New England 2011: apples and more apples

Fall has arrived in these green hills – the leaves are turning and even though the days lately have been global warming humid, it would never really feel like summer to a local. The mellow golden sunsets of August have absolutely given way to cold nights and I have been watching the twilight creeping earlier and earlier each day.

Some people dread the winter – not me. Really I’d take the northeast USA in all her seasons and have a place in my heart for all the rituals and happenings of each one but there’s something magical about September and October.

Doesn’t hurt my favorite color is orange or that I love apple picking. Doesn’t hurt that as the child of people who worked for colleges and schools all my growing up life, that the year never seems to start for me in January but right after Labor Day. And don’t get me started on Halloween… promise to cover that soon.

In grade school, every year we’d go on this apple picking, apple cider making day – like a rite of passage for a true Yankee child. We’d all head out up in the big old yellow school bus in the freezing morning and spend the day at the orchard with the excitement of rickety ladders and weird claw like things with baskets. Once started, we’d pick our little six year old hearts out and have some crazy apple fights (think apple swapped in for a snow ball kind of fight). That only went on until someone got a black eye or cried (most likely me – not the black eye, although am a clumsy accident prone kind of gal but probably the crying ’cause, well, I was a wimpy kid at times – nothing like a virtual confession).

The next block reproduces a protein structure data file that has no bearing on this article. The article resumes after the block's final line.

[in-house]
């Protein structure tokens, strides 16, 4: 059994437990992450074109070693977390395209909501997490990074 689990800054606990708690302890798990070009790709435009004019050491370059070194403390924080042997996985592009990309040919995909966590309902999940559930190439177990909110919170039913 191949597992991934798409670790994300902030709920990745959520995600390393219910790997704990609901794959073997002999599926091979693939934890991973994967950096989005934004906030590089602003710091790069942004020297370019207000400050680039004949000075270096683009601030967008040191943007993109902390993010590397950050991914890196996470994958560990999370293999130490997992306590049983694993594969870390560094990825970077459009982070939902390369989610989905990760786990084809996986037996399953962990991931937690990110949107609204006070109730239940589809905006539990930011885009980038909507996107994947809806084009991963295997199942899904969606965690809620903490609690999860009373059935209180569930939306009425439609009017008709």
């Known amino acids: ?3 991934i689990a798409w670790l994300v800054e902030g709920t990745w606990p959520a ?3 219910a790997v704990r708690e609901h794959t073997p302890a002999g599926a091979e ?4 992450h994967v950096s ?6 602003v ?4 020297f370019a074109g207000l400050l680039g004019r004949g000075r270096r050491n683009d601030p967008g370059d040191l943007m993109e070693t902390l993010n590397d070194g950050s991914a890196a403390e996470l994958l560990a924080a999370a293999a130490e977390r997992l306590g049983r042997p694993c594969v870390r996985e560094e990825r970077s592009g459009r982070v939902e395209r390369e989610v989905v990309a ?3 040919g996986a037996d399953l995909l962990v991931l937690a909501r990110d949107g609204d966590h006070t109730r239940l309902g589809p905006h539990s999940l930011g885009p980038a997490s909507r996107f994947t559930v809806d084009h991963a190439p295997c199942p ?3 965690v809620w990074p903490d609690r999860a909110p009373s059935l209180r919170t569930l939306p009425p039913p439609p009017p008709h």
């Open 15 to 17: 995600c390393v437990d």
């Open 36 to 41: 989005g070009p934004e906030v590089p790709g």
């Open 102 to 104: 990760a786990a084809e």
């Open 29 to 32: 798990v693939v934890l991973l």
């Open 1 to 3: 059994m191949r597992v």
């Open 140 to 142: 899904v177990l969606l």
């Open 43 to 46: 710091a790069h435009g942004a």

The best part of the day was taking our haul over to someone’s parents house where we’d press the apples into cider on a press from 1735 (not really, but I have a feeling these were Mayflower Society folks – real deal old New England) – the thrill of turning the giant wooden screw and watching the juice get squeezed out, being beset the whole time by the drowsy bees who are just trying to get the honey in before it snows. I’d arrive home, sunburned, sticky and happy. And my poor family would have to eat an apple or 20 a day for weeks and weeks.

By the time I was twelve, I’d made apple cake, pie, sauce, butter, doughnuts  and these weird and creepy apple headed dolls that would whither and get more creepy and weird until my father would demand they be thrown away.

So…. that’s my first “cow” post – I do promise when I board a plane for more exciting shores that I’ll write about that – in the meantime, eat an apple in my honor…. soon I’ll learn how to post pictures too.

Happy Fall friends.

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